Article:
Mockingjay Part 2 is a fitting and tender ending to the Hunger Games series based on Suzanne Collins’ books. Most of Part 2 is very dark, and we lose key people during the battle to undermine the Capitol and get rid of President Snow (Sutherland). The rebels, led by Alma Coin (Moore) with Katniss Everdeen (Lawrence) as a figurehead, hope to establish a free state in which democracy is the rule. Peeta (Hutcherson), whose mind got jumbled when he was captured by Snow, is angry and paranoid about Katniss, but with the support of the core group will gradually get things sorted out.
Pursued by Snow’s troops and risking their lives avoiding pockets of embedded weapons throughout the city, Katniss and her group make their way to the Capitol to achieve their mission, forging the underground sewer system and hiding out in the Hunger Games’ former stylist Tigris’ lair for a short rest, they receive the announcement from Snow that the city is to be evacuated to the Capitol where they will receive food, clothing, and health care. This seems like a perfect opportunity to get to the capital by disguising themselves in Tigris’ store of clothes, and they make their way in the midst of the crowds.
Although they are still guarded and afraid, the group forges on, but sabotage and betrayals are still ahead. Who will survive, and will they be able to accomplish their mission?
Director Francis Lawrence and screenplay writers Peter Craig and Danny Strong improved this production as compared to part 1; however, neither holds up to the exciting, creative work done with Catching Fire. For some reason (and acknowledging that I have not read Collins’ books), Katniss is much more passive in 2 and 3 than she was in Catching Fire, where she was like a ball of fire. I prefer the more heroic, three-dimensional version of her in the first installment.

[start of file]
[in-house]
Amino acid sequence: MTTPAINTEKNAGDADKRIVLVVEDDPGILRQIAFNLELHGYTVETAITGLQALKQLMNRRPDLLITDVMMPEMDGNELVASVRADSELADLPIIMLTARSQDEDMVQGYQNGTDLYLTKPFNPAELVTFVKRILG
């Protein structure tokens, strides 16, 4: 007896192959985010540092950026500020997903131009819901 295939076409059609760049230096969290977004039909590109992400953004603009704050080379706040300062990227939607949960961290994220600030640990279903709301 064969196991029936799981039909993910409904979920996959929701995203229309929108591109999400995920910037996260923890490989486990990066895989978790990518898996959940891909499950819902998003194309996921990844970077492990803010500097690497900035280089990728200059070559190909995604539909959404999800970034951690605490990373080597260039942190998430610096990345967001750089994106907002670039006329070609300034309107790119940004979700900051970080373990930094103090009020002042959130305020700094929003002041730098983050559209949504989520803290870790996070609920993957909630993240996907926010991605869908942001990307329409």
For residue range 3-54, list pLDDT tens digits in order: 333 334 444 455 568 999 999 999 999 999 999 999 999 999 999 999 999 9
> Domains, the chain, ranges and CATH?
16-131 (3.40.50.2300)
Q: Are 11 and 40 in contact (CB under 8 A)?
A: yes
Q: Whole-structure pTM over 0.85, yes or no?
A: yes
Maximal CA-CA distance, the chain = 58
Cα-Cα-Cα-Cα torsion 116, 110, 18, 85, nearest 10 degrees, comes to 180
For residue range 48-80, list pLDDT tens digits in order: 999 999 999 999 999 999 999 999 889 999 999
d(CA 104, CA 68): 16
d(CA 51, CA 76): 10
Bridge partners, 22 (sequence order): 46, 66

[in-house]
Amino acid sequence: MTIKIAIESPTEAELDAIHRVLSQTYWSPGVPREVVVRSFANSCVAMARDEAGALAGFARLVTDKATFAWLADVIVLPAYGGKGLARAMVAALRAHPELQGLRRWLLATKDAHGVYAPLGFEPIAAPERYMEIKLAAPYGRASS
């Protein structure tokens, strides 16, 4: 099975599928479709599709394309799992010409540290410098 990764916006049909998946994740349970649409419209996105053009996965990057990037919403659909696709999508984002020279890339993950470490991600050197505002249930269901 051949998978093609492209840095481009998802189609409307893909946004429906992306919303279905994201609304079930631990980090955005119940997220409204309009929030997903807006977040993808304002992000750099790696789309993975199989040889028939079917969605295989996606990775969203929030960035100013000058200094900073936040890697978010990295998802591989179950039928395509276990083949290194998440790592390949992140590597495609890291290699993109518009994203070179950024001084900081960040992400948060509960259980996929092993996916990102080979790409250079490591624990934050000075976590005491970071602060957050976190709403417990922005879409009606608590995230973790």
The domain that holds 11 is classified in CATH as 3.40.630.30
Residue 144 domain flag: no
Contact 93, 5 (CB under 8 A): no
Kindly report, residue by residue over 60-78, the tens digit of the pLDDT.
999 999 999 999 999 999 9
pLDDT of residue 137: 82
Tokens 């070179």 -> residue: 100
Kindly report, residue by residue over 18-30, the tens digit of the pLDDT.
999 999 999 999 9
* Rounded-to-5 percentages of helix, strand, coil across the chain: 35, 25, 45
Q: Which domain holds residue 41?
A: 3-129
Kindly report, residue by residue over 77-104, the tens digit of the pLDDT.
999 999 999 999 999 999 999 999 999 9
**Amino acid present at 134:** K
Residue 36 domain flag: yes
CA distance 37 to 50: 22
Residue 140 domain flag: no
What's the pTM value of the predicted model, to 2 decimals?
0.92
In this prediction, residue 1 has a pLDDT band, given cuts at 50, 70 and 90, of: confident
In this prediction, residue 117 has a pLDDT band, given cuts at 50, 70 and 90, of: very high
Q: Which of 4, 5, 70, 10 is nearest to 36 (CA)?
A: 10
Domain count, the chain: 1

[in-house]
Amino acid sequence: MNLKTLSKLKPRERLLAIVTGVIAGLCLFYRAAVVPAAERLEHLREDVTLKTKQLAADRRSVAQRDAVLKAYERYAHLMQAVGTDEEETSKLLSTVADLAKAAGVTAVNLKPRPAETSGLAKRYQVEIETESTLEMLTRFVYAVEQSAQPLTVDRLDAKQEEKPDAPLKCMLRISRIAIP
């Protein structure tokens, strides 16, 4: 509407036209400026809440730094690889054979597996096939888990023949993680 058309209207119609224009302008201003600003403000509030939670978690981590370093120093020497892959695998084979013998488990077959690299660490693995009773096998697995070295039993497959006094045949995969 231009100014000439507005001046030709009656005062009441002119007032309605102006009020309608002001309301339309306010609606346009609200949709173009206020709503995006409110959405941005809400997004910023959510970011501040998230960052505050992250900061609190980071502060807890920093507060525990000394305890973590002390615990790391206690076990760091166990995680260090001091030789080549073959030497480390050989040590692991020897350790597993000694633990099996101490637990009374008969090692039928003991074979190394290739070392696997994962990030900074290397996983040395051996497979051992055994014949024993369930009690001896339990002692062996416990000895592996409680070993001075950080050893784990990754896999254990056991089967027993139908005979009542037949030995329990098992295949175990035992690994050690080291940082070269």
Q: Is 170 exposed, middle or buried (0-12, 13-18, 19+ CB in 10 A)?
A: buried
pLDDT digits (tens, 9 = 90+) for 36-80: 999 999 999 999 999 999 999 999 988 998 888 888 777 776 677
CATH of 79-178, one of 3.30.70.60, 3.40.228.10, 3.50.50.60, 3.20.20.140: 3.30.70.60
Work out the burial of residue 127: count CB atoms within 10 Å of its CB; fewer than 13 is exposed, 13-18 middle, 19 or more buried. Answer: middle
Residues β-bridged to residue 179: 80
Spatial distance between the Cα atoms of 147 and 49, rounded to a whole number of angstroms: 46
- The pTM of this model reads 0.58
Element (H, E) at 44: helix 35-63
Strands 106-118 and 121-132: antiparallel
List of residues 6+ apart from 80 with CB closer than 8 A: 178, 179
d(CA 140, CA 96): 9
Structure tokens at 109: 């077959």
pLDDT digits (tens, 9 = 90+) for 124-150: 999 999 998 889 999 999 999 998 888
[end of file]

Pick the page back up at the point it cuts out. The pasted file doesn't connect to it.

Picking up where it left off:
Lawrence is a fine actress and performs at her best here, given the script. Hutcherson and Hemsworth, rival suitors for her affections, are also very good, and have a discussion about their rivalry, unaware that she is listening to them. It is a sweet, heartfelt moment, and one of the only scenes where humor comes into play.
Brief glimpses of Harrelson, Sutherland, Moore, Banks, and Tucci are rewarding to see, artfully playing the significant characters we’ve come to know. It was bittersweet to see the late Philip Seymour Hoffman looking as if he had just acted out his part. How we miss him!
A fitting conclusion to a popular series of fantasy fiction.
Grade: C By Donna R. Copeland